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USFRA video shows how farmers need to be at the climate change table and provide solutions.

Paula Mohr, Editor, The Farmer

November 1, 2021

3 Min Read
North Carolina pig farmer Marlow Ivey and her daughter Kivett
TIME FOR ACTION: A powerful new docudrama produced by U.S. Farmers and Ranchers features North Carolina pig farmer Marlow Ivey, who has a goal to have her family farm become carbon-neutral. Her daughter, Kivett (left), also appeared in the video.Courtesy of USFRA

A new docudrama produced by U.S. Farmers and Ranchers in Action (USFRA) highlights the importance of agriculture at the table of climate change discussions.

The Carbon Neutral Pig features the true-to-life story of second-generation pig farmer Marlowe Ivey, 36, who has taken over her dad’s North Carolina farm. The video shows her juggling the day-to-day challenges of being a single mom, as well as running the family business. She also feels called to blog and inform folks about farming. One topic that she wrote about — climate change — set off a negative social media storm.

In “The Carbon-Neutral Pig,” she explained how, with science and technology, pig farmers will achieve carbon neutrality. She cited three ways to get there, steps she is working toward on her farm — using renewable energy to power the farm, sustainably producing soy and corn, and capturing methane from manure lagoons.

Her dad wasn’t in favor of her posting this particular blog. Negative responses about pork production and manure runoff flooded her social media feeds. However, as the plot evolves in the video, Ivey stands firm in her resolve that “change has got to start somewhere, and it’s going to start here on the farm.”

“At the end of the day, it’s not just about science and technology,” Ivey says in the video. “It’s about the people. Our generation will become carbon neutral. … It’s our decade of action.”

Behind the scenes

Ivey was one of several farmers contacted by USFRA in April to see if they would be interested in appearing in the video. Ivey didn’t think she would be chosen since at the time, she was a single mom going through a divorce and getting more involved in the family farm business. Once she was notified that she was chosen, things snowballed. A director flew in from Amsterdam, and filming took place the second week of August in blazing heat and humidity.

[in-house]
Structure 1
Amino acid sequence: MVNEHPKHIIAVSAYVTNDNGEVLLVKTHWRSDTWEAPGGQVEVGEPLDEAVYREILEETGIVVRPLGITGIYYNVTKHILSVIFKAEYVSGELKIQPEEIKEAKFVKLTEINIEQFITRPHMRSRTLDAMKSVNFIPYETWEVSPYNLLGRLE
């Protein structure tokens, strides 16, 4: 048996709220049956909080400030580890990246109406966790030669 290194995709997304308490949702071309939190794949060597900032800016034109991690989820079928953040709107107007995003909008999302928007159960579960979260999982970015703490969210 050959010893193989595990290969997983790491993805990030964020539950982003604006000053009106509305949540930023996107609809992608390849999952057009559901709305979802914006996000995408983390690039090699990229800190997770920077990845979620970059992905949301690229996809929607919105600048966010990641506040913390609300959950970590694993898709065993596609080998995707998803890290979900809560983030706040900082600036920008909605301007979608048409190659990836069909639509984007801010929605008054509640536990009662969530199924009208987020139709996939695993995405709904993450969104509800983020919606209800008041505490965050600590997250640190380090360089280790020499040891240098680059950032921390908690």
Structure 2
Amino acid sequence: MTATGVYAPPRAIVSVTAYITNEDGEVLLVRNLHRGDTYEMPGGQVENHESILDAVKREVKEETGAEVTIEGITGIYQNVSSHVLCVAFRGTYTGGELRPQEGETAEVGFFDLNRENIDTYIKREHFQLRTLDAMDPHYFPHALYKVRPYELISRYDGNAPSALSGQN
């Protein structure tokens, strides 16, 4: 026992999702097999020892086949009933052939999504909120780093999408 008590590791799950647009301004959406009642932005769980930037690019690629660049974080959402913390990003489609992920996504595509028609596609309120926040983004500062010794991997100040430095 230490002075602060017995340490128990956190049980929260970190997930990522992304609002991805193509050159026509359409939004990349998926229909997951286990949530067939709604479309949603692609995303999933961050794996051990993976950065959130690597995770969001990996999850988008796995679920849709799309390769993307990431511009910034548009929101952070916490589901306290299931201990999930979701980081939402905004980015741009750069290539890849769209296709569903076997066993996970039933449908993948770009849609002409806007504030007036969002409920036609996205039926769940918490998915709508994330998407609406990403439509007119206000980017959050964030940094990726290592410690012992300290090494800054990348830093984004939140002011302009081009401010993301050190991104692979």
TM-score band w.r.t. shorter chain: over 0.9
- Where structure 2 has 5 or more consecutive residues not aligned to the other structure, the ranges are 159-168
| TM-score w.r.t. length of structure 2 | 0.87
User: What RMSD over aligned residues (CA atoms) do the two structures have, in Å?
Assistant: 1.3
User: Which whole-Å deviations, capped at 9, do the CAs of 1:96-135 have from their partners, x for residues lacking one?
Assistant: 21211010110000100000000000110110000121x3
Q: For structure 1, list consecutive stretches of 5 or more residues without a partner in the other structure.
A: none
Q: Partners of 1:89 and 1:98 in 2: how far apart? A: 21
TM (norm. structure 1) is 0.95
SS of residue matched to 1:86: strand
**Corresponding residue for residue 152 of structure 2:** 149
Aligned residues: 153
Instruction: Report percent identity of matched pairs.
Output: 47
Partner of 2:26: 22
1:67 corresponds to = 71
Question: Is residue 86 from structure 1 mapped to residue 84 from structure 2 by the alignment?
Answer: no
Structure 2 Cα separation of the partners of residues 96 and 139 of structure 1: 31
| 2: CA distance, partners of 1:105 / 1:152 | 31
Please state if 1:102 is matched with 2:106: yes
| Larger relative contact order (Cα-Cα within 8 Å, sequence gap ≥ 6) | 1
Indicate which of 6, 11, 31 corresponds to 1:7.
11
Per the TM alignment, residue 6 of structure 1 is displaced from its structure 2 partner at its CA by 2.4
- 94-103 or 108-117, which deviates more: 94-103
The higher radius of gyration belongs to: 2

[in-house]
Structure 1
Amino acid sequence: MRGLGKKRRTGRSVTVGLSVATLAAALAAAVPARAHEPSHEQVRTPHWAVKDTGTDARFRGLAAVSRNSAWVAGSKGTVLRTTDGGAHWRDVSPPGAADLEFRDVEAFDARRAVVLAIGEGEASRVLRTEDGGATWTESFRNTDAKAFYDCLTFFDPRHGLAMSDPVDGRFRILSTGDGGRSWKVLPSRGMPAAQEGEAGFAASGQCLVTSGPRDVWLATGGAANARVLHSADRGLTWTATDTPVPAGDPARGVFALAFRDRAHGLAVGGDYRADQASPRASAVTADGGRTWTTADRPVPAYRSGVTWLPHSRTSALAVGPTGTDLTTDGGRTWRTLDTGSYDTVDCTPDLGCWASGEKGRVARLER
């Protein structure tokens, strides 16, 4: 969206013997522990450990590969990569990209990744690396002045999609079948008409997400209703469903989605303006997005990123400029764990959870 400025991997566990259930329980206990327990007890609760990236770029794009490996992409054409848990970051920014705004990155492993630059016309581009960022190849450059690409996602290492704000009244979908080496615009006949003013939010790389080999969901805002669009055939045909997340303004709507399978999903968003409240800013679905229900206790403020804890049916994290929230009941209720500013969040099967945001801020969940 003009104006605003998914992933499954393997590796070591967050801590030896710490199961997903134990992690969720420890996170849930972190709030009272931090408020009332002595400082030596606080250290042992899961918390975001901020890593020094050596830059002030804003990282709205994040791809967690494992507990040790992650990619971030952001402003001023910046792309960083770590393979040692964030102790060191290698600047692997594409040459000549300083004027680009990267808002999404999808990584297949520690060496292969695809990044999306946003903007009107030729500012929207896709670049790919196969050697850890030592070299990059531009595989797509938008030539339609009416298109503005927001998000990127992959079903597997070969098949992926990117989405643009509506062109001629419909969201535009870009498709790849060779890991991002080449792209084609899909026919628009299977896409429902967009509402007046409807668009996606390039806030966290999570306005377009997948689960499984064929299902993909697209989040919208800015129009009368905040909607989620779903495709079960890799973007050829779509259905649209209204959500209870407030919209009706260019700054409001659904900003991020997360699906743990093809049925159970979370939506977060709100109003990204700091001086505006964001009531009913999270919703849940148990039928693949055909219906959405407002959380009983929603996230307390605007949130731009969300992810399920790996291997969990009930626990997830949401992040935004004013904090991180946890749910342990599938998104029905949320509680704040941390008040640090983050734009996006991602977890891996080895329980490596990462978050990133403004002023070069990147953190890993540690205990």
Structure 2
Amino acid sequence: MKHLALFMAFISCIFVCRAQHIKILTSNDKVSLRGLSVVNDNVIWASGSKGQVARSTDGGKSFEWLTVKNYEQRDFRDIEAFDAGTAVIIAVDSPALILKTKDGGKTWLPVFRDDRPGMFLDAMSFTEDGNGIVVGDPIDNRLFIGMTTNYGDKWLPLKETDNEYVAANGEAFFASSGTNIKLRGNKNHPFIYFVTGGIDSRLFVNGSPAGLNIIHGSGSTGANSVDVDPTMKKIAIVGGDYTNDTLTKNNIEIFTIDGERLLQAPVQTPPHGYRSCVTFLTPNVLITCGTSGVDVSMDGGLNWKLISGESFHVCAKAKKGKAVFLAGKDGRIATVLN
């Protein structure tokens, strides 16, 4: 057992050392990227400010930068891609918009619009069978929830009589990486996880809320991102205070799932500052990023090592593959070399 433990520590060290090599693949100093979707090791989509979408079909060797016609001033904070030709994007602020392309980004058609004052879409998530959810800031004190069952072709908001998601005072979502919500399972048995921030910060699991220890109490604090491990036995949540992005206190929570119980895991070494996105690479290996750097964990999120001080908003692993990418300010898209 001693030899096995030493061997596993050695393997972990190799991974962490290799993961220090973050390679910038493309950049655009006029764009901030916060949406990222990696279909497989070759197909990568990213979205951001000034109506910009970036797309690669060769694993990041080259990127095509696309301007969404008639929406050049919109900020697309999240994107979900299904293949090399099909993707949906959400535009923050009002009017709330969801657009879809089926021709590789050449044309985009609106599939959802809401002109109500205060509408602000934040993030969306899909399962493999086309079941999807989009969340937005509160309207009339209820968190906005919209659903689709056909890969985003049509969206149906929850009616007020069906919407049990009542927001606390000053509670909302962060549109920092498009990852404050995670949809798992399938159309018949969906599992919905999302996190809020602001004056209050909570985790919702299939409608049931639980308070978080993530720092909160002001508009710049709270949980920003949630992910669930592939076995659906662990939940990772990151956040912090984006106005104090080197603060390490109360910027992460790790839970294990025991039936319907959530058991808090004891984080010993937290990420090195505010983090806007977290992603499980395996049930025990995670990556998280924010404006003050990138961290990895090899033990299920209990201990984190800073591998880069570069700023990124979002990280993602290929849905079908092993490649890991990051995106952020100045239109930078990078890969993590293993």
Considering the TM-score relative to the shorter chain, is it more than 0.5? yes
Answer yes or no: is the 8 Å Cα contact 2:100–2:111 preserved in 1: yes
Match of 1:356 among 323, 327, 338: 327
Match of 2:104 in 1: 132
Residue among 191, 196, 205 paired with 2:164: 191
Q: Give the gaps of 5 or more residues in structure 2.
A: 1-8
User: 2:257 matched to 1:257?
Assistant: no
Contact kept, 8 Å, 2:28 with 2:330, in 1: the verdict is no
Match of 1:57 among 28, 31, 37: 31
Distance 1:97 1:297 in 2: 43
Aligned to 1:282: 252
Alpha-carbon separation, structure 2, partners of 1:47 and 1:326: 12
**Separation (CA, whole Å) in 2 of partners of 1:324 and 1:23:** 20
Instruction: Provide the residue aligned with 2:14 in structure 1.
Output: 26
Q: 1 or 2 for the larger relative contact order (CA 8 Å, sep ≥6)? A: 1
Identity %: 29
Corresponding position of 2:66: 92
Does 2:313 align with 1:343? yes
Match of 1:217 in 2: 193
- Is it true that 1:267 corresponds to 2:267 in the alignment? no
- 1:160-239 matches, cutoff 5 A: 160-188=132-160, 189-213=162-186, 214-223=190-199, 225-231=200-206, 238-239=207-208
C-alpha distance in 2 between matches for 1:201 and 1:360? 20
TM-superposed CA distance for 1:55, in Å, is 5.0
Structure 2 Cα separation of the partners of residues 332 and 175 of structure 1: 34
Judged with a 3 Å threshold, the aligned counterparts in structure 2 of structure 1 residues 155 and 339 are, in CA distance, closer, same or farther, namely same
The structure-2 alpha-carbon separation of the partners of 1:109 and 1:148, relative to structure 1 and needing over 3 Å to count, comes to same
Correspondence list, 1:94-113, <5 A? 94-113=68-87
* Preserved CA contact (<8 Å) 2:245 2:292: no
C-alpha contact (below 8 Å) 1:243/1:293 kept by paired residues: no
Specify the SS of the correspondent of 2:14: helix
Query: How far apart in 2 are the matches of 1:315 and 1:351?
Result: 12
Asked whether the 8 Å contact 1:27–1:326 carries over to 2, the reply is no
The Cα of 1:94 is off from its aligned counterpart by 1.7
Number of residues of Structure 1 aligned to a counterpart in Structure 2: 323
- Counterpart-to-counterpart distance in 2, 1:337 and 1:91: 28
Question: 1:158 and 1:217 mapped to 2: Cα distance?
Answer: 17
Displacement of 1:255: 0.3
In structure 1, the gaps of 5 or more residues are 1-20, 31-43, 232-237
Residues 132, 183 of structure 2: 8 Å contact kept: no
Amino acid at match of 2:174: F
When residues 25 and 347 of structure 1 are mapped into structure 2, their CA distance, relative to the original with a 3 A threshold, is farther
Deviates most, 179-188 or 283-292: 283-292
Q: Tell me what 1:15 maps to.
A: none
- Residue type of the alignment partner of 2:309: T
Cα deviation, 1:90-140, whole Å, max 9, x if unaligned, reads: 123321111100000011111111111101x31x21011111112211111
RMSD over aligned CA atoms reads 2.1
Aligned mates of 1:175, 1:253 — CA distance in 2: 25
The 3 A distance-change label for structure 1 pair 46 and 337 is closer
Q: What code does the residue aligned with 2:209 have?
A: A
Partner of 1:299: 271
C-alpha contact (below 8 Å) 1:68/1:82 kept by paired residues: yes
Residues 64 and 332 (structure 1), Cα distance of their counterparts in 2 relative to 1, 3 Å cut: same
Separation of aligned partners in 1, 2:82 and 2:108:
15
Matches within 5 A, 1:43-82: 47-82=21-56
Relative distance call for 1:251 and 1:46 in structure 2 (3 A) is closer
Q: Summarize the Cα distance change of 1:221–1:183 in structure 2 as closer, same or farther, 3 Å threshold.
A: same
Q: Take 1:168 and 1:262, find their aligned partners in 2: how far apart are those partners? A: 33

“I have a whole new appreciation for the film industry,” Ivey says, noting that a local crew was hired to do the production work. “They put in 12-hour days. They had to get the timing and the lighting just right. Those were grueling days.” Her daughter, Kivett, appeared in the film while an actor portrayed her dad, Bob.

Ivey says she was honored to be chosen for the film, and that it was a worthwhile experience.

“It is a very real picture of my life and how I grew up,” she says. “It was hard at times, though, when it was showing my personal side.”

The bottom line for Ivey, however, is the importance of advocating for agriculture and putting a face behind food production. To help address the disconnect between consumers and farmers, she became executive director of the Feed the Dialogue North Carolina Foundation in 2017.

“It’s important to be real,” Ivey says. “I want people to have an emotional connection with me. I want them to have a relationship and an appreciation, and to ask tough questions.”

“The Carbon Neutral Pig,” just over seven minutes in length, is the second video in a series produced by USFRA, an alliance of farm organizations founded in 2011 to promote a positive image of agriculture. The first docudrama in the series, 30 Harvests, featured the story of Texas row-crop farmer Jay Hill. Hill was on the brink of giving up and selling his family farm when he decided to invest in making it carbon-negative instead. The underlying premise in this first docudrama, as well as future productions, is that agriculture has roughly 30 harvests, or three decades, to become carbon-neutral and make an impact on climate change.

Future docudrama focuses have yet to be decided. USFRA staff are discussing ideas with potential funders and farmers.

For more information on USFRA, visit


About the Author(s)

Paula Mohr

Editor, The Farmer

Mohr is former editor of The Farmer.

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